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Spray-Dried Lactose Excipient | Uses, Suppliers, and Specifications

Spray Dried Lactose is a speciality agglomerated grade of lactose intended for direct compression tabletting applications. It consists of Lactose monohydrate (typically 80-90% by weight), and Amorphous lactose (composed of a 50:50 blend of α-and-β-Lactose). Spray-dried lactose occurs as a white to cream coloured crystalline powder and is available in different size ranges.

Pharmacopoeial Compliance: USP-NF; Ph.Eur; J.P, B.P and I.P

Synonyms and Trade Names: Spray-Dried Lactose; FlowLac®; Lactopress® Spray- Dried; FastFloV; SuperTab®

Uses and Applications: Direct Compression Tablet Filler and Capsule Filling Diluent

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Spray-dried lactose is a grade of agglomerated lactose for use in the pharmaceutical industry as a tabletting aid in direct compression. It is comprised of Lactose monohydrate (80-90 % by weight) and amorphous lactose (10-20 % by weight) in the form of a 50:50 blend α-, and-β-D-galactopyranosly(1,4)-α-D-glucopyranose monohydrate.

The process of producing Spray-dried lactose involves spray drying an aqueous suspension of Lactose monohydrate under controlled conditions to produce spherical agglomerates of crystalline lactose monohydrate in a matrix of amorphous lactose. The resulting product flows and compresses extremely well, making it suitable for use in direct compression applications.

Spray-dried lactose occurs as white to off-white crystalline particles or powder. It is odourless and slightly sweet-tasting.

Lactose: Overview, Types and Key Properties

Lactose (IUPAC name of lactose is 4-O-(β-d-galactopyranosyl)-D-glucopyranose) is a naturally occurring disaccharide that consists of one molecule of β-D-galactose and one molecule of β-D-glucose molecules linked through a β1-4 glycosidic linkage. It is produced by the mammary epithelium of all lactating mammals. To date, milk is the only known significant source of lactose.

For pharmaceutical applications, Lactose is produced from whey as a by-product of the dairy industry. The process involves the crystallisation of a saturated whey concentrate. To minimise risk from contamination from Bovine Spongiform Encephalopathy (BSE), additional refining and purification steps are undertaken, the result of a which are a chemically pure excipient that carries no risks arising from being an animal derived raw material.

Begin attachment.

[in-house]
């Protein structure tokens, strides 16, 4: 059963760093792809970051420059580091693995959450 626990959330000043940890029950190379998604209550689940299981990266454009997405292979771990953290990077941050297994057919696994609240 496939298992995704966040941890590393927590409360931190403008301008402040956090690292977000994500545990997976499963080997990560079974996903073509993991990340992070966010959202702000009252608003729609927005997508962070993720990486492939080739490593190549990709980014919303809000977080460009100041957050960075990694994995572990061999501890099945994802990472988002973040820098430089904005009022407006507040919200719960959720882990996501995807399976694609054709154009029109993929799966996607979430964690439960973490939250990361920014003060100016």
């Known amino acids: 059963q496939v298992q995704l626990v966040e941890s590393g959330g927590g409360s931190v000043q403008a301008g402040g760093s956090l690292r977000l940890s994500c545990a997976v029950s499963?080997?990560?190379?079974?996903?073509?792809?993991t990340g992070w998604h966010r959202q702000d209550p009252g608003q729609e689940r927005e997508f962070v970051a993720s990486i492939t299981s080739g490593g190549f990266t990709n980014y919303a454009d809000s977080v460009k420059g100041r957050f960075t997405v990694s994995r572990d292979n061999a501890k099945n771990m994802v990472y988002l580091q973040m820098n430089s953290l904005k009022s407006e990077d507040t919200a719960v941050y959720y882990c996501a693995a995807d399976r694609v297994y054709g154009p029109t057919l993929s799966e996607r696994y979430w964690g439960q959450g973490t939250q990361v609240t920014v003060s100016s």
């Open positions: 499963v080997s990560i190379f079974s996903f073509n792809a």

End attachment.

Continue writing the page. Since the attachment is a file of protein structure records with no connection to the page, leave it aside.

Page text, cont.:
Lactose exists naturally in the form of two isomers: α-Lactose (i.e β-D-galactopyranosyl-(1,4)-α-D-glucopyranose) and β-lactose (i.e β-D-galactopyranosyl-(1,4)-β-D-glucopyranose). The two forms have specific optical rotations [α]20D  of +89.4o and +35o, respectively, dur to their differences in the spatial positioning of a H-atom and the -OH-group on C1 in the glucose moiety.

Conversion between the two anomers occurs via the open chain form of the glucose moiety, and depending on the concentration and temperature, an equilibrium will establish at [α]20D  +55.3o, corresponding to ≈37% α-Lactose, and 63% β-Lactose. Changes in concentration or temperature can shift the equilibrium accordingly (for example, an increase in temperature or concentration increases levels of β-Lactose, and vice versa). At typical conditions, however, Lactose in solution is considered to be a mixture of α-, and β-Lactose.

Crystal Forms of Lactose

Lactose crystallises from solution when its equilibrium solubility is exceeded (for instance, through the removal of water or a lowering of temperature). Various Lactose crystal forms can theoretically form. When Lactose is crystallised under standard processing conditions (typically <93.5 oC), the main crystalline form obtained is the α-Lactose monohydrate form, which is also the most stable form. α-Lactose monohydrate forms exist as hard and brittle ‘tomahawk-like’ crystals and is not hygroscopic. In the hydrated form, this form α-Lactose contains one mole of lactose and one mole of water. The water of hydration can be removed if the α-Lactose is heated to above 140 oC which produces anhydrous α-Lactose.

If the crystallisation is conducted at >93.5 oC, anhydrous β-lactose is obtained. This anomer forms small, kite-like brittle crystals that are brittle but also markedly more soluble. It exhibits minimal hygroscopicity, however, it is unstable, and will transform back to the α-Lactose form given the right conditions.

When a solution of Lactose is spray-dried, the rate of water removal is too rapid for crystallisation to occur. Instead, amorphous Lactose is produced which exists in a glassy state. This form also contains some water of hydration. Amorphous Lactose is hygroscopic and can adsorb water causing crystallisation into the α-Lactose monohydrate as a result of molecular mobility.

As a result of the differences in the physicochemical attributes of the different forms of lactose, grades of Lactose exhibit differences in parameters such as melting point, density, and solubility, and ultimately, in their functionalities when it comes to their uses as pharmaceutical excipients.

Grades of Spray-dried lactose 

Spray-dried lactose was first introduced into the pharmaceutical field in the late 1950s and quickly became adopted as a direct compression excipient for mitigating the poor compressibility and flowability of standard crystalline lactose monohydrate. By combining crystalline and amorphous lactose in a unique balance, it was possible to create a grade that had excellent flowability and compressibility compared to either 100% pure amorphous or crystalline α-lactose monohydrate.